Jill Dolan

In Dell, Inc. v. Magnetar Global Event Driven Master Fund Ltd., et al., No. 565, 2016, (Del. Dec. 14, 2017), the Delaware Supreme Court reversed the Court of Chancery’s appraisal valuation of Dell, Inc. (“Dell”) and remanded for reconsideration of the deal price following a diligent and “best practices” sale process.  The opinion expanded on the Court’s appraisal decision, DFC Global Corp. v. Muirfield, et. al (“DFC”).  In DFC, the Delaware Supreme Court found that although the Court of Chancery has wide statutory discretion in determining fair value in appraisal procedures, it must still account for the weight it assigns the deal price in a valuation analysis.  The Court found that the weight assigned to the deal price in DCF’s valuation analysis had not been explained, and had not been supported by either the record nor established economic principles.

In the late 2000’s, Michael Dell, leading Dell as its Chief Executive Officer, began to pursue opportunities to take the company private.  Mr. Dell communicated with interested parties and Dell’s board formed a committee to vet potential buyers.  In early 2013, Dell entered into a merger agreement with Silver Lake Partners (“Silver Lake”), completed a go-shop period of communicating with other bidders, and ultimately held a shareholder vote.  57% of Dell’s shareholders voted to accept the Silver Lake deal.  Dissenting shareholders filed an appraisal action, which the Court of Chancery heard in 2015.  The petitioners and shareholders argued that the $13.75 per share deal price was too low suggesting that fair value was actually $28.61 per share, while Respondent, Dell, argued that fair value was $12.68 a share, with shareholders receiving an 8% premium.

Delaware’s appraisal statute, 8 Del. C. § 262, permits shareholders to receive “fair value for their shares as of the merger date instead of the merger consideration.”  The statute provides that the Court of Chancery must “take into account all relevant factors” in assessing the “fair value” of the shares.  However, the appraisal process is purposely designed broadly to give the Court of Chancery wide discretion in determining what factors are relevant for valuation. 

The Delaware Supreme Court took issue with the Court of Chancery’s decision to give no weight at all to Dell’s deal price.  The trial court, in discounting the relevance of the deal price, felt that Dell’s primary bidders, all of whom were financial sponsors, were too focused on the rate of return, rather than the value of the company, and as such, the deal had unfairly limited competition.  Further, as a management-led buyout transaction, the trial court felt that with Mr. Dell at the helm, potential bidders may have been discouraged from trying to out-bid a group that had support of the company’s CEO.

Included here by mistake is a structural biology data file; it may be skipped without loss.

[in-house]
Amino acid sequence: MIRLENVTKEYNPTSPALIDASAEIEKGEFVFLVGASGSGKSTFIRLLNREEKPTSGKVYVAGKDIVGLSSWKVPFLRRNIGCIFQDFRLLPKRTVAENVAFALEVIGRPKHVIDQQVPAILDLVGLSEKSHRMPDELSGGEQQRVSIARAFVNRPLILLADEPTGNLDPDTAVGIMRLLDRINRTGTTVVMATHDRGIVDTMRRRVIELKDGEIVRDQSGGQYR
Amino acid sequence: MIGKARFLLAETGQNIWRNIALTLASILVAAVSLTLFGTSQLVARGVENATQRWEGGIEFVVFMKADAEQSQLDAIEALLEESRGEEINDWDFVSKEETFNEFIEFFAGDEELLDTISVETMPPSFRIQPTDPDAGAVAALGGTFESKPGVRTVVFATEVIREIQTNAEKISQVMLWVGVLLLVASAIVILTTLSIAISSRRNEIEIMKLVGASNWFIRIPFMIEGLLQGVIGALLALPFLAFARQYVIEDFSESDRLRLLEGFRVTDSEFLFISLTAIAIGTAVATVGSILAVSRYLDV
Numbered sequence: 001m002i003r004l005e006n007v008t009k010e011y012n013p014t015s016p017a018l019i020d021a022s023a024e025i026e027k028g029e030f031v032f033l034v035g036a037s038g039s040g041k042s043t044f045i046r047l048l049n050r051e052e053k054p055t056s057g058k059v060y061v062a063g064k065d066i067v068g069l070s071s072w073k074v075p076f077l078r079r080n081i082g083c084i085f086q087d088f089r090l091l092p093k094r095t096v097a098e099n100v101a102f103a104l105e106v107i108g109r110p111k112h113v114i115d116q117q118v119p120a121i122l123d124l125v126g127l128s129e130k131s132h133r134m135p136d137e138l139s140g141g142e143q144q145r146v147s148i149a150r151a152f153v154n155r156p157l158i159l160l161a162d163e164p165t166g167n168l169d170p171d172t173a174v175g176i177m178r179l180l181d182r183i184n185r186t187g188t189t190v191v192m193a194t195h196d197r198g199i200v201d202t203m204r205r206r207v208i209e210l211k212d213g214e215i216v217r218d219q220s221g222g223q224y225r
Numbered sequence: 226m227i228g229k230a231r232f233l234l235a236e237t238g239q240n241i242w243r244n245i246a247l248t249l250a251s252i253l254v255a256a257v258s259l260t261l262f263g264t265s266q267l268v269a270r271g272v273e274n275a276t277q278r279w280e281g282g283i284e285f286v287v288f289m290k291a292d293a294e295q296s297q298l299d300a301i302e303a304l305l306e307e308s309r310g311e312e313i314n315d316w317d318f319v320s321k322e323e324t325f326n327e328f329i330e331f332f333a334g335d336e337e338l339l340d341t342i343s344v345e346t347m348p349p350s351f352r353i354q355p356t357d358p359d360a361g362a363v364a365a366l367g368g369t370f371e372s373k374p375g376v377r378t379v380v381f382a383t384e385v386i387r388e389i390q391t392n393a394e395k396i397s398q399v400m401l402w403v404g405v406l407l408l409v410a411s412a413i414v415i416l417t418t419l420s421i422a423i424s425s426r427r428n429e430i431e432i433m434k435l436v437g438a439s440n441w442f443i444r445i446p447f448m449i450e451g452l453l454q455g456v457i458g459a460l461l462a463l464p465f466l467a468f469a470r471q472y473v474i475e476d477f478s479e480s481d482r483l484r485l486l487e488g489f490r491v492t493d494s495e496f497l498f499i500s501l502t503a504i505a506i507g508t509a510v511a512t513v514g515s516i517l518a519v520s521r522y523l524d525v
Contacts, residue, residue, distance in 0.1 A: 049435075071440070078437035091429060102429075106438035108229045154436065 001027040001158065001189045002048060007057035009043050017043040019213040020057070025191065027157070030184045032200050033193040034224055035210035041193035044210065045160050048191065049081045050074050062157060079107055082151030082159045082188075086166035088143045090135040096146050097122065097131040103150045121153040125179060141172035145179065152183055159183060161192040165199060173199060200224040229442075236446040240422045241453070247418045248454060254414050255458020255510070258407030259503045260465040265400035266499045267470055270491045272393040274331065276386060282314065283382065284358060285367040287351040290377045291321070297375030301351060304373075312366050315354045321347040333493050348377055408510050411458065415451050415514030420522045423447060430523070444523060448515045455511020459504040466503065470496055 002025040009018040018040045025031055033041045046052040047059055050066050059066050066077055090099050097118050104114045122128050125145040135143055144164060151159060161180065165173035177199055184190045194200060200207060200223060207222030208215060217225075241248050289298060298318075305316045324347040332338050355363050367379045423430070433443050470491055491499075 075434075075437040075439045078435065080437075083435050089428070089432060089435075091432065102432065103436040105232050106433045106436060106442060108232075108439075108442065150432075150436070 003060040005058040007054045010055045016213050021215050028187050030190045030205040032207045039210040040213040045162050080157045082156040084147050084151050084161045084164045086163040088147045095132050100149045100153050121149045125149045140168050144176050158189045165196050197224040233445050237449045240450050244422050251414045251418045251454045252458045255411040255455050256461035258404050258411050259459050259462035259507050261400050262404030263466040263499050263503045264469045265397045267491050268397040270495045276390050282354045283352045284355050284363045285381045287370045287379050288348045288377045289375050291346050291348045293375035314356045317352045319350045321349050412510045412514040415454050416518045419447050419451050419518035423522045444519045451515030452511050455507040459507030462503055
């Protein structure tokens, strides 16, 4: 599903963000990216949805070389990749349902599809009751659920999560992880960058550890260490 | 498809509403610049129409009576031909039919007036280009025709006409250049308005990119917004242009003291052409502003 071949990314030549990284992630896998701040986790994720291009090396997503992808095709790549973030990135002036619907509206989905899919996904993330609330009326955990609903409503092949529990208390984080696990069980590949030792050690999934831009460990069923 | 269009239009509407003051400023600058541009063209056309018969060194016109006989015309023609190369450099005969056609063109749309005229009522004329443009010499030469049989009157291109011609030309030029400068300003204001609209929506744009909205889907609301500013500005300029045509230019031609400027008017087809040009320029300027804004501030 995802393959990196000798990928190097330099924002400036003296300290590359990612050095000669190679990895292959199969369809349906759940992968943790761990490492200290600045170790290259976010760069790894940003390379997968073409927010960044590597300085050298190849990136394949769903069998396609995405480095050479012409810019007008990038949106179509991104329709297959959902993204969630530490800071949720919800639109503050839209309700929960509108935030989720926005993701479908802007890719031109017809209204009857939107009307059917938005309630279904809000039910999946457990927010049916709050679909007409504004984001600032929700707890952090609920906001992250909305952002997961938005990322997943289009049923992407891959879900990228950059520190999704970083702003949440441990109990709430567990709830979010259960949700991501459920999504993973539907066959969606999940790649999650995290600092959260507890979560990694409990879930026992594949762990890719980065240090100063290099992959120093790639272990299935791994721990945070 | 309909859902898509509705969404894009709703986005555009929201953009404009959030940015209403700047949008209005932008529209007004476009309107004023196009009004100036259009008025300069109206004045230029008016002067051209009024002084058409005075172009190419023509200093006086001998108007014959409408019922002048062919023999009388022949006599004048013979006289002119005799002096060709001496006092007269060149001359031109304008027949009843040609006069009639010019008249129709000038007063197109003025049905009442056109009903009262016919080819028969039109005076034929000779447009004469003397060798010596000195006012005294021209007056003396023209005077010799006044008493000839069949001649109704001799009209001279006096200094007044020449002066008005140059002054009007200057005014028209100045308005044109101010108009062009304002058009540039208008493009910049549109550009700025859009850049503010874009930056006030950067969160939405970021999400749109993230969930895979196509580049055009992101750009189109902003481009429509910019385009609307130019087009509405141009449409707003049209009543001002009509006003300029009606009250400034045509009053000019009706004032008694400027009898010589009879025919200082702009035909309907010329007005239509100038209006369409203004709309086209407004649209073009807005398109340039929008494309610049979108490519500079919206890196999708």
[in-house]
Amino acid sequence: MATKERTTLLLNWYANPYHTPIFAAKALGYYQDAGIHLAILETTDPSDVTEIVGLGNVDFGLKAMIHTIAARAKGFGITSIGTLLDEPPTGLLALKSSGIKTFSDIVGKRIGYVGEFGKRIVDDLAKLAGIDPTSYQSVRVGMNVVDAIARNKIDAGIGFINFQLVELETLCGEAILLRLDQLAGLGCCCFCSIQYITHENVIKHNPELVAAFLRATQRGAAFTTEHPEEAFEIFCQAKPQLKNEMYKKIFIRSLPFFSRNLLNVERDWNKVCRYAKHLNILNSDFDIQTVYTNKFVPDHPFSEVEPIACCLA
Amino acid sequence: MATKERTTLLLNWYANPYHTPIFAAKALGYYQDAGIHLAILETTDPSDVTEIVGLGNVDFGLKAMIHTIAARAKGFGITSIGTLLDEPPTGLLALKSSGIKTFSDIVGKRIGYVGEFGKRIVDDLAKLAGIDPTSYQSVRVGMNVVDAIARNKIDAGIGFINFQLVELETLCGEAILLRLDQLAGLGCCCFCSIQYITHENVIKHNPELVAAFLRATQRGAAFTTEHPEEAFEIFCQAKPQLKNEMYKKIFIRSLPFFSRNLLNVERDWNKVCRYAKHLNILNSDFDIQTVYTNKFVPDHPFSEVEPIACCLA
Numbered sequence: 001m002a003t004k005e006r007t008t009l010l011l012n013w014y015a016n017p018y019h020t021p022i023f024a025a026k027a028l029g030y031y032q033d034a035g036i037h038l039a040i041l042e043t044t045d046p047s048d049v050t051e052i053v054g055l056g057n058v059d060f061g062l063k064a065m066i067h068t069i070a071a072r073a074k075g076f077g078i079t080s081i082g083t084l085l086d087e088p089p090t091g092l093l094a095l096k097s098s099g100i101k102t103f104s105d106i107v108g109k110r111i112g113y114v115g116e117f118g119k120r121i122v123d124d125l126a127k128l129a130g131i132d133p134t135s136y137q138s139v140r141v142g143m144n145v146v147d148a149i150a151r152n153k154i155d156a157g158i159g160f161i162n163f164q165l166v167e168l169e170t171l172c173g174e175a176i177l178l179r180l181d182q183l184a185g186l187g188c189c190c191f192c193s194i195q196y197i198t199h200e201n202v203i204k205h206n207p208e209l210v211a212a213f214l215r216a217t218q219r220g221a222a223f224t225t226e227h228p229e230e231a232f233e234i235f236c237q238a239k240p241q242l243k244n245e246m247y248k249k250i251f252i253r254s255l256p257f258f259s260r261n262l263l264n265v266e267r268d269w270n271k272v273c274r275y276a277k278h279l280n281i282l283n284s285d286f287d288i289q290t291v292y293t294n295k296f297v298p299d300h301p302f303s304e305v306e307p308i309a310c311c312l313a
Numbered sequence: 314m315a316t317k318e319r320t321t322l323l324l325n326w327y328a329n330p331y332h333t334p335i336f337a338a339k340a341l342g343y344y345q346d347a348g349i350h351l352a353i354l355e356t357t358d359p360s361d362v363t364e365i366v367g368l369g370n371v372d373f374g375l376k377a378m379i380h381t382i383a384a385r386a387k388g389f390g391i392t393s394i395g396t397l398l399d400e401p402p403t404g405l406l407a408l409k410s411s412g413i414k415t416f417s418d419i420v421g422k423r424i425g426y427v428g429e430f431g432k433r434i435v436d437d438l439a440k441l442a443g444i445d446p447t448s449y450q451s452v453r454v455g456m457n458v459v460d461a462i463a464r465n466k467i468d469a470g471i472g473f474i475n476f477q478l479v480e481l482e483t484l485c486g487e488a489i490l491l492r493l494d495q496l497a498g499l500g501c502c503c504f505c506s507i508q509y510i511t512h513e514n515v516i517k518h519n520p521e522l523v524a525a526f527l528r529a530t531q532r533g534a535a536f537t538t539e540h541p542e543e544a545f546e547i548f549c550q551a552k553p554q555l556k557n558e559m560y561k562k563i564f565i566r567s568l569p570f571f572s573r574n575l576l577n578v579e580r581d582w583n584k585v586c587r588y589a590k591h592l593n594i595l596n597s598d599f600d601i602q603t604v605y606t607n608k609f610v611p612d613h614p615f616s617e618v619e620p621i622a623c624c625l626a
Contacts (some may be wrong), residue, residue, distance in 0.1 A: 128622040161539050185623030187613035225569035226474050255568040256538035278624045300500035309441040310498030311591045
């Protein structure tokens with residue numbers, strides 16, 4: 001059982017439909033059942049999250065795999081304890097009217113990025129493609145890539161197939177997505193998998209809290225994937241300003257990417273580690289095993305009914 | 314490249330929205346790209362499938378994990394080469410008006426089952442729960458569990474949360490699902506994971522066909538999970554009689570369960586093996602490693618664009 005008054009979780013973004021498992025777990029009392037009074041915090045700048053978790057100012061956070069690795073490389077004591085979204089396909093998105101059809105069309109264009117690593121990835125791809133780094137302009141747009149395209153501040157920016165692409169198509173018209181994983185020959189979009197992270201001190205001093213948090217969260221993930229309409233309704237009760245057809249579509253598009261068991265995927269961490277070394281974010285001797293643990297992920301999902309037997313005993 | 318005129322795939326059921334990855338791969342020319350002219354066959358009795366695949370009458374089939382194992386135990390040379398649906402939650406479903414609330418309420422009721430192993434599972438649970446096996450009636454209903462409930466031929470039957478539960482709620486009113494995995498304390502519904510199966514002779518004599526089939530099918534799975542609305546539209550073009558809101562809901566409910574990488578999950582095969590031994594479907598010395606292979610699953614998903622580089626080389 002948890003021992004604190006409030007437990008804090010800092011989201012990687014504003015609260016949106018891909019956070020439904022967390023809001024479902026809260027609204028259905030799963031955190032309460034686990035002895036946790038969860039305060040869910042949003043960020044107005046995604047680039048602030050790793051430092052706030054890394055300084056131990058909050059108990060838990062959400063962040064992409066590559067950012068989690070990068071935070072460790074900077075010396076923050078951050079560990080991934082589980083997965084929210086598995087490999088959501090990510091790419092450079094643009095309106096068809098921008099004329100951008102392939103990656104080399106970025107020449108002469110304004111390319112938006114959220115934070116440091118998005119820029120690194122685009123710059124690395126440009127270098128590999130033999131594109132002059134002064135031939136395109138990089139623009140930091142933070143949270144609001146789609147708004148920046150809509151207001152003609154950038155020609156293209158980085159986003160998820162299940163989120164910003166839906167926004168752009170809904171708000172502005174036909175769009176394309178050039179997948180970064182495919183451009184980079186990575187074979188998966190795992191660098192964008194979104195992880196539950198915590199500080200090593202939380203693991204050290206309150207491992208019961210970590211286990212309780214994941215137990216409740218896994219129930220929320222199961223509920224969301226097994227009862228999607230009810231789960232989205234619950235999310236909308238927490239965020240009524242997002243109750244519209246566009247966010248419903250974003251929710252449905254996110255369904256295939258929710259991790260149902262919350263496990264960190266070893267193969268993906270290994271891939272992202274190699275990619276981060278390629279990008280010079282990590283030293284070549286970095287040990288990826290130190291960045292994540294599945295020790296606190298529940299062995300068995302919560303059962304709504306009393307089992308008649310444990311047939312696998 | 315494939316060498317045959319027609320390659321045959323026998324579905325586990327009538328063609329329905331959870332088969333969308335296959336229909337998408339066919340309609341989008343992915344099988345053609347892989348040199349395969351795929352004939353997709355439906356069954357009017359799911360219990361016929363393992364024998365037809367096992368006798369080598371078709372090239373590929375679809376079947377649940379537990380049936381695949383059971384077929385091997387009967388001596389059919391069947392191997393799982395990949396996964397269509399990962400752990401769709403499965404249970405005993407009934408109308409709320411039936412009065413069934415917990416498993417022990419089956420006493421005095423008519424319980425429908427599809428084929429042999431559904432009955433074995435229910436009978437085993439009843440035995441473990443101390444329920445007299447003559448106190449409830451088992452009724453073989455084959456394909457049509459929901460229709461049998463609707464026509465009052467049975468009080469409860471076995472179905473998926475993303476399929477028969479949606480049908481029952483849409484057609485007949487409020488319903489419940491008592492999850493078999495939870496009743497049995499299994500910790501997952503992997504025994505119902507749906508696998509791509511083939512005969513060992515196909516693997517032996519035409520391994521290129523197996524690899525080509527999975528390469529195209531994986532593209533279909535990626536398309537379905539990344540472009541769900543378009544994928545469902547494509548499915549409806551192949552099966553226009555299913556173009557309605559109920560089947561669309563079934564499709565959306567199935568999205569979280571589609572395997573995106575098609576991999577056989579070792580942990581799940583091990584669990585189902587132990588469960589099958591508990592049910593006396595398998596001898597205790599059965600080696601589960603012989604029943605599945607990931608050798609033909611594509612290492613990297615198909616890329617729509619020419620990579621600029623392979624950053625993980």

On appeal, Dell argued that the Court of Chancery erred for three reasons.  First, that Delaware law does not require that the deal price be the best evidence of fair value to be given any weight.  The Court agreed, holding that all relevant factors must be taken into consideration in an appraisal, especially the deal price, which has a substantial substantive effect on the valuation.  Second, that Delaware law does not require that the Court of Chancery give no weight to the deal price if it cannot account for mispricing in the sale process, and third, that the court erred in adopting a seemingly “bright line rule” that deal prices in management-led buyouts should be discarded because they are allegedly distorted.  The Court agreed with Dell, that the trial court erred in not assigning weight to the deal price, despite its probative value supported by the record.

The Delaware Supreme Court found a disconnect between the evidence on record and the Court of Chancery’s rationale for giving no weight to the deal price.  As in DFC, the Court explained that most buyers in any transaction would logically focus on the rate of return when they evaluate the risks and rewards of a transaction.  Further, during the go-shop period, the committee spoke to sixty-seven potential bidders.  The small number of interested parties and actual bidders did not suggest a higher value, the Court said, but rather a lower one.

Finally, the Court held that the involvement of Mr. Dell did not preclude buyers from bidding.  He was not a controlling shareholder, and he signed a voting agreement that would automatically apportion his pro-rata voting power (15%) to the highest bidder.  In addition, he made himself readily available to any and all bidders for due diligence.

Given these factors, the Court held that there was fair play throughout bidding process, and the market in determining the deal price was accurate; therefore, discounting the deal price was an abuse of discretion by the Court of Chancery.

In Dell, the Delaware Supreme Court carried forward its ruling in DCF that in appraisal cases, while the Court of Chancery has wide discretion in valuation, the deal price and market price should be carefully considered, and any limitation of such must be fully supported by the record and rooted in economic principles.

Jill is a 2L staff member on the Delaware Journal of Corporate Law. Jill will also have an article published in Volume 43 of the Journal.

Suggested Citation: Jill Dolan, The Deal Price Matters: Dell, Inc. v. Magnetar Global Event Driven Master Fund Ltd., et. al, Del. J. Corp. L. (Feb. 2, 2018), www.djcl.org/blog.